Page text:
Today is one of those clear days when my mind is casting about, in its freedom, for something to be unhappy about. Move on, I tell it (my mind), as if jostling someone on the subway; there is no woe here; but presently relentless motion itself becomes that cause of unhappiness which my mind had sought in stationary, obsessive contemplation. Another day, another Catch-22. I know, for example, I want to choose something to do, I am the child in the candy store, but after choosing, what then? I do not want to do the thing I have chosen.
Today's earbug is the "2nd theme" from the final movement of Brahms' Clarinet Trio. It is appropriate that it plays over and over in my head, as the theme has an imperfect subjunctive quality. I await correction of my grammatical insights here, but I believe this tense (which doesn't really exist in English) refers to things which are "repetitive, ongoing, incomplete." My wonderful Musicology prof at Indiana, Leslie Kearney, gave a riveting lecture in which she discussed the prevalence of this tense in the Russian language, its relation to Russian culture and history in general, and its applicability to Russian music. Just today, wandering around the city, I found Oblomov by Goncharov prominently displayed at the Three Lives Bookstore, which was one of my prof's pieces of cultural proof. An odd coincidence: Oblomov is the comic/tragic story of an inactive man, a metaphor for Russian apathy.
This theme I am thinking of, the one from the Brahms trio, is an odd bird. It begins with four singing notes, which could be the beginning of any melody at all. Stop. Then a second, more active, idea is tried; this idea is reworked. No overall arc is yet evident. Then just the beginning of this second idea is tried: stop. Again, the beginning of the second idea: stop. As if unable to continue. Finally, on the "third second thought," the theme finds an ending, sort of. (And begins again). It is full of unquiet rests, open-ended, frustrated phraselets. Each part of it, even the ending, seems like a new beginning, like a struggle to keep singing. And though the notes change, the theme seems to keep trying to say the same thing--not one long thing, but whatever is hinted at in each fragment as it ends.
It hangs in the brain heavily; I was singing it over and over to myself on the streets of New York, and though I was on solid Manhattan ground, I felt seasick from its fragmentary heaves. My brain was woozy; I bored myself singing it; and yet I kept on. Though it seems to get somewhere, and though it seems to have the phrase structure of a "normal theme," it is definitely not normal. It is repetitive (obviously), ongoing (it constantly wants to go on, to find the next phrase), and incomplete: though the melody has a cadence and a structure, it is hard to grasp it all in the hand or mind at once; it is made up of fragments, and these fragments "contaminate" the whole.
Brahms, perhaps, had a clear day like mine? This melody is "casting about," also; in its perpetual, searching motion it finds something reflection and stasis would not. I know my mental pacings will release themselves in some future directed energies, and this makes me want to (with your permission) add to the quasi-grammatical metaphor of imperfect subjunctive the quasi-scientific metaphor of potential energy. The Brahms theme is full of potential energy (try saying that in rehearsal at Marlboro, sometime), which becomes kinetic energy in the ensuing "gypsy" passages.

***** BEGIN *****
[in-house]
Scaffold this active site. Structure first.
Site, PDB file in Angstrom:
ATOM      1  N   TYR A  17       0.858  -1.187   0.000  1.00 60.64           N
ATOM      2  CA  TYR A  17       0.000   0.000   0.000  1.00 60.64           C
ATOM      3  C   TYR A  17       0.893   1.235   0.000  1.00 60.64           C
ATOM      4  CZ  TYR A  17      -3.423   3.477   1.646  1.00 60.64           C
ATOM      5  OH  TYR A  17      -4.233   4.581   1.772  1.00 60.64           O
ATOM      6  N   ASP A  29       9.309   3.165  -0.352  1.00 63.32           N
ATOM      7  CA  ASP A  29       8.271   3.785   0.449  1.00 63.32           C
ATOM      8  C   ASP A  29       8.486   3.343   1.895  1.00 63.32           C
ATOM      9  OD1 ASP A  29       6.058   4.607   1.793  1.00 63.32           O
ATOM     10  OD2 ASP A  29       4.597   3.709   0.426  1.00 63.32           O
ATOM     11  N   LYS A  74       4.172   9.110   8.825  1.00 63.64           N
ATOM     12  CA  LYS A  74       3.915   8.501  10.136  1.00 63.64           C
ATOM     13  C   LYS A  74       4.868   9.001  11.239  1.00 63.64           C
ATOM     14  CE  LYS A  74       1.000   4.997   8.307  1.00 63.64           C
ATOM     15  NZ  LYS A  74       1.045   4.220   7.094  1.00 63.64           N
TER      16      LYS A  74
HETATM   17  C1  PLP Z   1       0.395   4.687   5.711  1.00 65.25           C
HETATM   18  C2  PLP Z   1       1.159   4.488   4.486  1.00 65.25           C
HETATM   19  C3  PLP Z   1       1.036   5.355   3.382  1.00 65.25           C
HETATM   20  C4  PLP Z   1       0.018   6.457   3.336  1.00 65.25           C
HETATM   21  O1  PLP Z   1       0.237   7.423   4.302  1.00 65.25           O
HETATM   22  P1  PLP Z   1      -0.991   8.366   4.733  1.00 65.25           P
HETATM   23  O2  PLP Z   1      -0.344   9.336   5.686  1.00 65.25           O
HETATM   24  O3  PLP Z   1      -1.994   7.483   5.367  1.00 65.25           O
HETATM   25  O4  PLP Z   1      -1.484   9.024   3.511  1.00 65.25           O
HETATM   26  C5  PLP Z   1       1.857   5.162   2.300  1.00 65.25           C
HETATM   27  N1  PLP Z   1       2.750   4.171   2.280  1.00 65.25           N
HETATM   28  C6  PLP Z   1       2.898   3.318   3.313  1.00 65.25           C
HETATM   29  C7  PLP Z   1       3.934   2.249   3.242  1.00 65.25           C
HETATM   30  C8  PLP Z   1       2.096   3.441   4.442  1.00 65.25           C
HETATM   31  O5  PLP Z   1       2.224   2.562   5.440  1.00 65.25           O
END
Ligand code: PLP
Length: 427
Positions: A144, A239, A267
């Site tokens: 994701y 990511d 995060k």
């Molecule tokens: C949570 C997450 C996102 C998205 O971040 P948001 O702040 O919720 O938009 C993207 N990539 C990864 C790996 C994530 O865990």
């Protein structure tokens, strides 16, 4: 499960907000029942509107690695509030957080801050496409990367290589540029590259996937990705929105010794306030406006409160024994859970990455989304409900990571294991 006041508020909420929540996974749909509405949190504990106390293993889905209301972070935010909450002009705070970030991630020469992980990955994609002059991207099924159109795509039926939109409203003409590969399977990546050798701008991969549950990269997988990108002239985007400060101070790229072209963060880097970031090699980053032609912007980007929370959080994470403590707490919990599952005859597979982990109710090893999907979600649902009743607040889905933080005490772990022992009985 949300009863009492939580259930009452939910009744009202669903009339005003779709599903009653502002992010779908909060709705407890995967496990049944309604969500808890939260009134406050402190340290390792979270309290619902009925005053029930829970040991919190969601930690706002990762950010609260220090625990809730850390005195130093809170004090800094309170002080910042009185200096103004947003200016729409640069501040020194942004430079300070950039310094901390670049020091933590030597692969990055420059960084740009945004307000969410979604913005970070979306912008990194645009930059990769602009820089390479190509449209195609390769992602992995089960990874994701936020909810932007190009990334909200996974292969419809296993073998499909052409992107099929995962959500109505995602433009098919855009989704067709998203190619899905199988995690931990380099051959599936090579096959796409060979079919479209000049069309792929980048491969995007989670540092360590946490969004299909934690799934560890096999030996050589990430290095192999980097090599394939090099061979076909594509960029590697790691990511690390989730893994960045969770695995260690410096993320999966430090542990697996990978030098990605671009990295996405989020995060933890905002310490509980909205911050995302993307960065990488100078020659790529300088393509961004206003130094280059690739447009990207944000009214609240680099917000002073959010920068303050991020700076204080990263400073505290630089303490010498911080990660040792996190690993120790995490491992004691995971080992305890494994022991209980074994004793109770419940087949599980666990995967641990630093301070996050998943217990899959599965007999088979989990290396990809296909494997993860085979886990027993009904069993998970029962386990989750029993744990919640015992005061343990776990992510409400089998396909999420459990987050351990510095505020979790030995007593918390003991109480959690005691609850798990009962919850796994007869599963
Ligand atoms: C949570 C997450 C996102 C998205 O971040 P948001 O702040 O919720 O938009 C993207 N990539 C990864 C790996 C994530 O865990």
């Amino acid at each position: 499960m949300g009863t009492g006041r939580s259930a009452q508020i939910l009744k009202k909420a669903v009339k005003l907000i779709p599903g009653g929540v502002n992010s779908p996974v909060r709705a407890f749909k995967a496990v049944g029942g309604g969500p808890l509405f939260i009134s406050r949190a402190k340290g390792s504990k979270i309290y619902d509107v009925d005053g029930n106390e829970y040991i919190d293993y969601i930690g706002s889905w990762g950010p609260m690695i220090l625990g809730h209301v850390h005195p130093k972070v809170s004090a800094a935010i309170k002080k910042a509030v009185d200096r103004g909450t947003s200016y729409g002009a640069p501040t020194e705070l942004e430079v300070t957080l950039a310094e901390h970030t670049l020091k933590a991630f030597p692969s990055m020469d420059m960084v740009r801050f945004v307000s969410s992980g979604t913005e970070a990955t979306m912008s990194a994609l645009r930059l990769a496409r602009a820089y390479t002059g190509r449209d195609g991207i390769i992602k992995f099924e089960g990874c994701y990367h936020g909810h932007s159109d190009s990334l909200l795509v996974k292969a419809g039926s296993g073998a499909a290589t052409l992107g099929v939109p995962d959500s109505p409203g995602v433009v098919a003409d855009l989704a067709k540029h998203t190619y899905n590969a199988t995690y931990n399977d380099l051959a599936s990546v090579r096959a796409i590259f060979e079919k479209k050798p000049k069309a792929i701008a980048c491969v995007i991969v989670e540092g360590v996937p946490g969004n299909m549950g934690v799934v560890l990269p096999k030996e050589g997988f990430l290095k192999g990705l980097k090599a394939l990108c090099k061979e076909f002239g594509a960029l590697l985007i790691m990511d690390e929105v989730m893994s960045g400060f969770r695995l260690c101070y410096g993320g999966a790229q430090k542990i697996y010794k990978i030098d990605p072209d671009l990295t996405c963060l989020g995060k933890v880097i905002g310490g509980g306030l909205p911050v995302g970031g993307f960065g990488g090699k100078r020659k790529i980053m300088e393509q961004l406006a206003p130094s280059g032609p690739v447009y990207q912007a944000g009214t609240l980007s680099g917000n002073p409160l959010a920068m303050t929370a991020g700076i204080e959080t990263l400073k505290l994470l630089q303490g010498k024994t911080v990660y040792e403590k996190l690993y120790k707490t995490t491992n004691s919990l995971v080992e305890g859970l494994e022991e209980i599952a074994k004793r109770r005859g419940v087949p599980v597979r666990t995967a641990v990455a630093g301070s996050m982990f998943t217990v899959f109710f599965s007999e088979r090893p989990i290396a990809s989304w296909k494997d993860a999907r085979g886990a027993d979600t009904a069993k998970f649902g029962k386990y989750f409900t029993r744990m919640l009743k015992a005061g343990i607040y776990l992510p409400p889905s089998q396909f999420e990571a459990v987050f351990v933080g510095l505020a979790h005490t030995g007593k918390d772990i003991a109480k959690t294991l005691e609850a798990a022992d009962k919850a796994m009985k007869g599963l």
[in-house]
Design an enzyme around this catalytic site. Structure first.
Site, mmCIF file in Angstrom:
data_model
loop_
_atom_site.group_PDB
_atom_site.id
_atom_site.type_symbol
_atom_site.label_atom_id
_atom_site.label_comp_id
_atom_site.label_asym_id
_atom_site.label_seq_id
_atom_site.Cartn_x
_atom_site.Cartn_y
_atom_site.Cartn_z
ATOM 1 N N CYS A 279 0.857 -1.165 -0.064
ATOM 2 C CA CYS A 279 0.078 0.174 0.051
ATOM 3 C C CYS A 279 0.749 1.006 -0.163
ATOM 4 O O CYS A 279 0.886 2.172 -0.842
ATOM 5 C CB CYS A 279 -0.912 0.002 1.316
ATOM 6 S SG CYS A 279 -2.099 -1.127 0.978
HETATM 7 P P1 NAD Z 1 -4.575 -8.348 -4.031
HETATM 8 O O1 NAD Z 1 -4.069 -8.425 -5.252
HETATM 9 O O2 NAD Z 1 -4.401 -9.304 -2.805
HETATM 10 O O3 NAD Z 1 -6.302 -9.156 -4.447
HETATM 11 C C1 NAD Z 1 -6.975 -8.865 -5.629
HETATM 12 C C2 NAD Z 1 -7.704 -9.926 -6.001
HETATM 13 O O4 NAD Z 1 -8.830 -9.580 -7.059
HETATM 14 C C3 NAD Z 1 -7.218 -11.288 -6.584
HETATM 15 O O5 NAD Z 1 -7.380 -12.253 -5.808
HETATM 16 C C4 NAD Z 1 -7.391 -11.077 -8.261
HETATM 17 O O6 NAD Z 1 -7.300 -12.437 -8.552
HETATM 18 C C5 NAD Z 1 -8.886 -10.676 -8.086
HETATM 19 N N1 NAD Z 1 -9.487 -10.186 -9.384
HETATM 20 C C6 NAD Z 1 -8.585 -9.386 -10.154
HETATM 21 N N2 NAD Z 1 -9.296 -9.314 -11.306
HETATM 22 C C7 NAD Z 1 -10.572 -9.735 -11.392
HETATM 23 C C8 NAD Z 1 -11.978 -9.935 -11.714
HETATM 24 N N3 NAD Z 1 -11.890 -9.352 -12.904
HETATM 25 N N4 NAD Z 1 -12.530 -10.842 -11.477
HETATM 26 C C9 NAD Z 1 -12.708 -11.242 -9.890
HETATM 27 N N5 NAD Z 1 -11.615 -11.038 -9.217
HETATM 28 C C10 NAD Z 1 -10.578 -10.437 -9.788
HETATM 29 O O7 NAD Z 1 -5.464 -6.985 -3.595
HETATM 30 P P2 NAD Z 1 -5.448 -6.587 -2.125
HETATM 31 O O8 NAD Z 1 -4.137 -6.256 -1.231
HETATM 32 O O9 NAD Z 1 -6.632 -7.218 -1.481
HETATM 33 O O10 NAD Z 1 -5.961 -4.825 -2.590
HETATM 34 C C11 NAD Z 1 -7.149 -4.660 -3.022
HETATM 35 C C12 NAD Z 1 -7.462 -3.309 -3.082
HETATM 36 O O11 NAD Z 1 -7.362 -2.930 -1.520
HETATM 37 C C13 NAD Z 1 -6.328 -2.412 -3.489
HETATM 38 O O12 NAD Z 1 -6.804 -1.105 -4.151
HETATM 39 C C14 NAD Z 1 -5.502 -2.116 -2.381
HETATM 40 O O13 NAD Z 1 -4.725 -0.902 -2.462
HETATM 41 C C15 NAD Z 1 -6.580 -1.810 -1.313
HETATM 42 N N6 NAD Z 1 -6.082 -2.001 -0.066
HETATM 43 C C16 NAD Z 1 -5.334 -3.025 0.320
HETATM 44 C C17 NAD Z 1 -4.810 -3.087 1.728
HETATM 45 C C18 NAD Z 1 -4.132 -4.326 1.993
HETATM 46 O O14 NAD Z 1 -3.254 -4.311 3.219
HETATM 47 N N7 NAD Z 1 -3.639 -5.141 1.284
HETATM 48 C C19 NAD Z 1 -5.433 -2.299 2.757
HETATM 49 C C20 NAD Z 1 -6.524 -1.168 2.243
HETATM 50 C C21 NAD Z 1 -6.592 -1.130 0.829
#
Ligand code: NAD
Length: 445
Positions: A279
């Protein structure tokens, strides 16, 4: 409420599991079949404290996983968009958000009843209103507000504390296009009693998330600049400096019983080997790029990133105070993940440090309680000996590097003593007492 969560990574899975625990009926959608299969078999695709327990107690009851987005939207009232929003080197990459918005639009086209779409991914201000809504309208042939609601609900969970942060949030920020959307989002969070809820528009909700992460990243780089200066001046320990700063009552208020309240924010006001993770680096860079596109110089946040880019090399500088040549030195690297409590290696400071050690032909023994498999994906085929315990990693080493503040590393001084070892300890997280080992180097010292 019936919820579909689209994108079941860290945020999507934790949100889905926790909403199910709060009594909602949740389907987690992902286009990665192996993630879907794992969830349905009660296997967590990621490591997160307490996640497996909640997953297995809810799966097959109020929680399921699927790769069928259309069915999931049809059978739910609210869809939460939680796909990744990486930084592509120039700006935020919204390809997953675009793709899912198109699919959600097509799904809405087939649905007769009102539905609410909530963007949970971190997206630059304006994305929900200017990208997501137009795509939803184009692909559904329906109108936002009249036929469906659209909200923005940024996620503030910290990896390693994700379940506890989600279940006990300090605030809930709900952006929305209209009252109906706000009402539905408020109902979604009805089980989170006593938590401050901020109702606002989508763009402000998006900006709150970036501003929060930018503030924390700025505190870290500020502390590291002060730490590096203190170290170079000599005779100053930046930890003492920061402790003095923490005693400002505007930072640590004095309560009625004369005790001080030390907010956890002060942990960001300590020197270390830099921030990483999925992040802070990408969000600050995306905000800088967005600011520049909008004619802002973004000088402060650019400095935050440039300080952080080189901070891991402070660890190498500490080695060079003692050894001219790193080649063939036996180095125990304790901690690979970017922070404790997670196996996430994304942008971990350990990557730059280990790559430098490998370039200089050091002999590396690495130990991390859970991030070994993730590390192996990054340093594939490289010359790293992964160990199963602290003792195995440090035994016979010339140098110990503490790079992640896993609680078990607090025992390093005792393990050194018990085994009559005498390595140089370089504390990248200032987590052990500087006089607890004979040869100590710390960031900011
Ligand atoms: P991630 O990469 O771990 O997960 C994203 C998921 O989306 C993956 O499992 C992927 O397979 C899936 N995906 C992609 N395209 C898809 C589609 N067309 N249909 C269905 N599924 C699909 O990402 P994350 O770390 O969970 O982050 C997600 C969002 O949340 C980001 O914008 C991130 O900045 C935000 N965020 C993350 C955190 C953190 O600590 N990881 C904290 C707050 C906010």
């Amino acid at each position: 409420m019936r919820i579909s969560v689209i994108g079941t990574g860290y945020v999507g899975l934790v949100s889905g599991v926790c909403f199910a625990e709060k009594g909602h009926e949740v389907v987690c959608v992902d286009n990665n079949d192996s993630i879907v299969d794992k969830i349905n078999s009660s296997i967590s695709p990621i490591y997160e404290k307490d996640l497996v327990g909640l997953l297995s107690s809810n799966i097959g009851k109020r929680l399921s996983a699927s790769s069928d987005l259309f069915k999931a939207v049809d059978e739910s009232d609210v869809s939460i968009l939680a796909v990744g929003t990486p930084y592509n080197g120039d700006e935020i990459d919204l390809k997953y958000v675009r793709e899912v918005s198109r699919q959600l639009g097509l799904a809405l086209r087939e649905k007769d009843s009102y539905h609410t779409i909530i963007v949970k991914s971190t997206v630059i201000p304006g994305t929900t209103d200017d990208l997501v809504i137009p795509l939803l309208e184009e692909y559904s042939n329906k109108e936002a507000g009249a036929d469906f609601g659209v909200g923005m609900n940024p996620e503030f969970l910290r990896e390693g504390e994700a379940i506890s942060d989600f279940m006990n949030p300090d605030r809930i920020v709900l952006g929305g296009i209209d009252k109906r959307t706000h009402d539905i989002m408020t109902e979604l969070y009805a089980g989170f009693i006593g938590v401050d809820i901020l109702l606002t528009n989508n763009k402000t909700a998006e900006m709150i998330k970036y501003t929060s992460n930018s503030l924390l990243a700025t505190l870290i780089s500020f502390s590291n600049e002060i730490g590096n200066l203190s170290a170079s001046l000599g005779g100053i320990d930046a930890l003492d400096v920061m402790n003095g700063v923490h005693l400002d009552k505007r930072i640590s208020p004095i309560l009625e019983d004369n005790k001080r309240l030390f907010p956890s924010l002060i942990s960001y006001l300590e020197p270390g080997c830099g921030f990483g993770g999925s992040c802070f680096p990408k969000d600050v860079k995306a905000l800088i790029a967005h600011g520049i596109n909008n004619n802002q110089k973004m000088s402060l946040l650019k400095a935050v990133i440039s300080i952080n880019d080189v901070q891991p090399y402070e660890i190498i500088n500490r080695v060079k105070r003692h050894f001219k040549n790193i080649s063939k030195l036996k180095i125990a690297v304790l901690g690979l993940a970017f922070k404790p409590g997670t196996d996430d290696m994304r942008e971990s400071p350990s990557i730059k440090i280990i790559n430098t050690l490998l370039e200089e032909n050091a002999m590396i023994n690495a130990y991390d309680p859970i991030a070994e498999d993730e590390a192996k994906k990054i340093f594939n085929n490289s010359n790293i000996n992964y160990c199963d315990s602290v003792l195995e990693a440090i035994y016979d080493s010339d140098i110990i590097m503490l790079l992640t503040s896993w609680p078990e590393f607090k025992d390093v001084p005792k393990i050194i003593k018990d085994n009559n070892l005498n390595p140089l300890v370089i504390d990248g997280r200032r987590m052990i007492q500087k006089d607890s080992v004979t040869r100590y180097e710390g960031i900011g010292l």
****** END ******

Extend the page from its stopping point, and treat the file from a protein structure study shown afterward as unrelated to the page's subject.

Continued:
It would seem, with these kinetic energies of the virtuosic, sweeping coda, that the movement finally addresses and fulfills these lurking, dangerous potential energies of the second theme. I'm not so sure. Though the coda is full of valves to release tension, do any of them finally work? When performing it, at the moment when the audience begins applauding, I find myself looking back over the last line of music, searching for something. I skip back past the last two measure of A minor chords, and also past the two measures before that (the rather conventional cadence I-IV-V-I), in other words past the releases to what must be released: a held D minor chord in the piano. This chord for me quivers with energy, and encapsulates the horrible helplessness of the pianist; how I wish I could "do something" with that chord, rather than just play it and sit there! Once I have chosen how to play it, I must live with it; sit and wish and want is what I must do. I am powerless at this moment of great musical power. I realize as I look at it (and as they applaud, and as I get up to bow with my colleagues) that the F at the top of the chord is a dissonance against the E from the beginning of the melody--with two upward sixths, E-C, A-F, Brahms takes us up this dissonant ninth--and that temporally displaced contradiction is part of what I feel: the D minor chord, though uncontradicted in its moment of existence, though standing alone, defiant, for two and a half measures, is actually in the larger scheme irreconcilable, charged with unstable energies.
As to the final, resolving measures I often feel so what? This is how the great Brahms Clarinet Trio ends--after all its inexpressible longing--with a I-IV-V-I? I long again for the defiant, impossible D minor chord. And I wonder if that is how Brahms intended me to feel.